Down a scruffy side-road in Bristol's city centre, opposite Chambers Lap Dancing Club, lies the fading art deco office block that houses the city's main job centre. Outside, a pair of grey-faced hoodies are smoking. The doors are opened by one of a number of security guards on patrol. Step inside and you're hit by the fluorescent brightness and relentless plastic cheer of an Ikea store.
Job centres have changed since the '80s. The sticky carpet, dingy furniture and hand-written job cards are gone. Today, there are welcome desks, computerised job points and smartly turned out, smiley staff. The unemployed are 'clients', but despite the best efforts of the Department for Work and Pensions to learn the art of customer service, the atmosphere is grim. This is not a place anyone would choose to spend a Thursday morning. It's where you go when you lose your job.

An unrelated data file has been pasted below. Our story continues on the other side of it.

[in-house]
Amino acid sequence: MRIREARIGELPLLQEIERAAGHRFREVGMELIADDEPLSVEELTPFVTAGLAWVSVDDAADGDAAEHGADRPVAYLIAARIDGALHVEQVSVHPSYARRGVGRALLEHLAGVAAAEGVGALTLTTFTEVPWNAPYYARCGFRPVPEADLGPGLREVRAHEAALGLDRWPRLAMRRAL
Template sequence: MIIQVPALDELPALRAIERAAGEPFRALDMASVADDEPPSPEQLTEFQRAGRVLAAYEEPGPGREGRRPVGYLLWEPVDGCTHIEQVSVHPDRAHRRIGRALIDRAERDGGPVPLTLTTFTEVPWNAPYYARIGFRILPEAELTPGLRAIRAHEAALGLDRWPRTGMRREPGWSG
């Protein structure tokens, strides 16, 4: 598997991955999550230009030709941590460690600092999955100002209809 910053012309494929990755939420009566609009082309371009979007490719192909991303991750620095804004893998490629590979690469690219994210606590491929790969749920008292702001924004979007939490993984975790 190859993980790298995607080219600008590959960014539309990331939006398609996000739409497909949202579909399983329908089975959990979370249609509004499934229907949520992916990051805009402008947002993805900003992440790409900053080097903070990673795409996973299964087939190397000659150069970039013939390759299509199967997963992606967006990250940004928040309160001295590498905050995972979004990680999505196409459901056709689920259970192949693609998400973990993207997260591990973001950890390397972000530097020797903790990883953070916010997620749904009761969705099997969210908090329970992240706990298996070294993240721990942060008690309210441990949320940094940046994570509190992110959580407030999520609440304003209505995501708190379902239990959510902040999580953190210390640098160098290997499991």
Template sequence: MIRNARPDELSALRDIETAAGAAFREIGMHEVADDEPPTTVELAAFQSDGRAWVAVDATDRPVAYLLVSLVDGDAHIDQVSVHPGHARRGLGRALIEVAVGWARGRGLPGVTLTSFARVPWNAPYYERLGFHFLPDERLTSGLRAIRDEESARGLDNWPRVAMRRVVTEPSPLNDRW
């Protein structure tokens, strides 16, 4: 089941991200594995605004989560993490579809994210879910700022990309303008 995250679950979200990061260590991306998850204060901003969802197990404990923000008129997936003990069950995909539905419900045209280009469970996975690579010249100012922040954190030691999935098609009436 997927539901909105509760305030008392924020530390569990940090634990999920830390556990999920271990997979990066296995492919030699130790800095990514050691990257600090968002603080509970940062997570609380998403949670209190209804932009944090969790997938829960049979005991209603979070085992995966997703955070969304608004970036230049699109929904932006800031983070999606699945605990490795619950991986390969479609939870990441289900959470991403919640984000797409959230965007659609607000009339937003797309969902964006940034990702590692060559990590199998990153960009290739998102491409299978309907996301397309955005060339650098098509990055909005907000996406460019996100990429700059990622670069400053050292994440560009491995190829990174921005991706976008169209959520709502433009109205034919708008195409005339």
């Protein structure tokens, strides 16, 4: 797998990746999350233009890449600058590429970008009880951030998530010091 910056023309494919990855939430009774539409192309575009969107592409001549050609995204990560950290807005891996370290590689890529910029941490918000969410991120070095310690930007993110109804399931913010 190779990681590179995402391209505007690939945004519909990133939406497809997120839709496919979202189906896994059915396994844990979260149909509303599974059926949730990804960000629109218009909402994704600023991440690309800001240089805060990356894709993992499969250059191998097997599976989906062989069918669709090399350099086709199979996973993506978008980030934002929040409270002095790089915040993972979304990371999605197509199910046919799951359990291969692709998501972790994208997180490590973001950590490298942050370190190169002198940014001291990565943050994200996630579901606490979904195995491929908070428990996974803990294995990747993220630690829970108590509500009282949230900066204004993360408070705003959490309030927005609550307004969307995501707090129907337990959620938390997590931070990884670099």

There's a neat queue at the welcome desks and it's easy to spot the newly redundant - those white-collar workers who have probably never set foot in a job centre before. They stand out in their appearance, with their Hackett rugby shirts, chinos and deck shoes. They look ill-at-ease. Mark, 42, is from Cardiff but has lived in Bristol for 20 years. He doesn't want to give his surname or be photographed, such is his embarrassment at having been made redundant twice in six months. A graduate, he had a lucrative career as a sales recruitment consultant earning up to £60,000 a year, but lost his job in October after the agency he'd worked for for 18 years went into administration. He found a new post in recruitment in February, but lost it after just six weeks when the company was forced to halve its number of staff.